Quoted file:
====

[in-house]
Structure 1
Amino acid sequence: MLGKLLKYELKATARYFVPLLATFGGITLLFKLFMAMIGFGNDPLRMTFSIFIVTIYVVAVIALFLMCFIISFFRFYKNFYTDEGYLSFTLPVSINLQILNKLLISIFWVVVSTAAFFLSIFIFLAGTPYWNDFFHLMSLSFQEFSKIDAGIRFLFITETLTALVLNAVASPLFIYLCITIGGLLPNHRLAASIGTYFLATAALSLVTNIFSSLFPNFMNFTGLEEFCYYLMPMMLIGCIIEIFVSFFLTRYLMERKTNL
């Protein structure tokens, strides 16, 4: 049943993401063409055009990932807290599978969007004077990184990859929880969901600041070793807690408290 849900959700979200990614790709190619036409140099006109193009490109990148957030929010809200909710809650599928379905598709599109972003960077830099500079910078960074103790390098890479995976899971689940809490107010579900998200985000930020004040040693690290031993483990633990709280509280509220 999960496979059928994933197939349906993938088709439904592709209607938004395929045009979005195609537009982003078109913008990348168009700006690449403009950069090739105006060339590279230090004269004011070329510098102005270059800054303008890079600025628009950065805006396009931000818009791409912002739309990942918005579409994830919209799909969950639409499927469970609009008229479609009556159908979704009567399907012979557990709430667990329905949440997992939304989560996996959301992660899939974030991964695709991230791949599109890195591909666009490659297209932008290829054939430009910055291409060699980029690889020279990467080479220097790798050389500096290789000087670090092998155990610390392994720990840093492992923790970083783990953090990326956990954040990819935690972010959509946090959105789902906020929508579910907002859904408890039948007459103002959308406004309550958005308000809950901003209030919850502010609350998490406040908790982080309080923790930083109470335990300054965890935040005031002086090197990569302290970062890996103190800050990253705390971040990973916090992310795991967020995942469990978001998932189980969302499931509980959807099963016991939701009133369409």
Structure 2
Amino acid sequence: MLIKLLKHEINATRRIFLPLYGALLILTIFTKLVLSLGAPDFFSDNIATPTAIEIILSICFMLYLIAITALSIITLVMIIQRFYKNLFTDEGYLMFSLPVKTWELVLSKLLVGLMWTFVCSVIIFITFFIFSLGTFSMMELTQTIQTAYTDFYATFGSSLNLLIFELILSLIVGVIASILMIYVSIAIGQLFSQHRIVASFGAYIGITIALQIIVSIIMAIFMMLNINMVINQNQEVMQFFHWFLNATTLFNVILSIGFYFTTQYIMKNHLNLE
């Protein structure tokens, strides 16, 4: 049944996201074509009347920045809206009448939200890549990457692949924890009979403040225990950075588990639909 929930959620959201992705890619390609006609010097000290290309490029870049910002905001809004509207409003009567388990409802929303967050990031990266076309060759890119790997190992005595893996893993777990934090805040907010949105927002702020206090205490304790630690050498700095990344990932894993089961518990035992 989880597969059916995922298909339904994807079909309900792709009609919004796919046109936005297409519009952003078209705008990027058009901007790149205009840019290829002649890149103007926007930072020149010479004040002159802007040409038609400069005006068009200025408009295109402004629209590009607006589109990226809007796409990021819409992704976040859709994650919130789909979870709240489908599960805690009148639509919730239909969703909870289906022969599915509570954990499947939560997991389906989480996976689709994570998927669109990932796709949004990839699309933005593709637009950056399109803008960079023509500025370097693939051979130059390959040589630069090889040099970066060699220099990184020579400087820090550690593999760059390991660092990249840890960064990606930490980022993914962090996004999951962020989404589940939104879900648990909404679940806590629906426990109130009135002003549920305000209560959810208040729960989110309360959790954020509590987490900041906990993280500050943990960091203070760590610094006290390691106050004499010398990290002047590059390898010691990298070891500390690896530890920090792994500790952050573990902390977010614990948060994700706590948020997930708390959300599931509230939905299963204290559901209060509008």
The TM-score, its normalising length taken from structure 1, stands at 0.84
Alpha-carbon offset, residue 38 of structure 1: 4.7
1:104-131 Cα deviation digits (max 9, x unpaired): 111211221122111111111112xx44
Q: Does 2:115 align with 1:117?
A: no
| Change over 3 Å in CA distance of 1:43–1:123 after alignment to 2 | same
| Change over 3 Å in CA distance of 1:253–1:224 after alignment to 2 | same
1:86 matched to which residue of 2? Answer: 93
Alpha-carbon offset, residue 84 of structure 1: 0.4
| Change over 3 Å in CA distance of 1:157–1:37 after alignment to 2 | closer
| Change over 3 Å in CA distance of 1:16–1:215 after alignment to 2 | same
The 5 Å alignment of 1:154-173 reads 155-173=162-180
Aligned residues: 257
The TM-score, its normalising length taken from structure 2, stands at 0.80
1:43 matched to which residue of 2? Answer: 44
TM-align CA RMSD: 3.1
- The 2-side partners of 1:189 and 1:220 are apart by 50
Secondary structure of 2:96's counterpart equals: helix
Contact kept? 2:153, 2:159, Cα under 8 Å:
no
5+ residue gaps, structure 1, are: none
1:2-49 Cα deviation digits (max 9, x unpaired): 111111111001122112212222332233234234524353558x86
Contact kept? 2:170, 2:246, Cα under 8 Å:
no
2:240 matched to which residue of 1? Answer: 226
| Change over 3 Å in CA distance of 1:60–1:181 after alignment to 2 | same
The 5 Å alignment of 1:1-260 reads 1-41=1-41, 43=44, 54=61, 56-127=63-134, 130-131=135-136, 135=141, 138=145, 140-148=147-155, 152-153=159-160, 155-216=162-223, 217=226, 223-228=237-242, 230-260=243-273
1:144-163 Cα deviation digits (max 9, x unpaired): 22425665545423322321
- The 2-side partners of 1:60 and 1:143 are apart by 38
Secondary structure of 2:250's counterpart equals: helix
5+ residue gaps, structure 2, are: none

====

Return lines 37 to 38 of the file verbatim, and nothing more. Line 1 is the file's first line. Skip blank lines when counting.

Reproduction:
Secondary structure of 2:250's counterpart equals: helix
5+ residue gaps, structure 2, are: none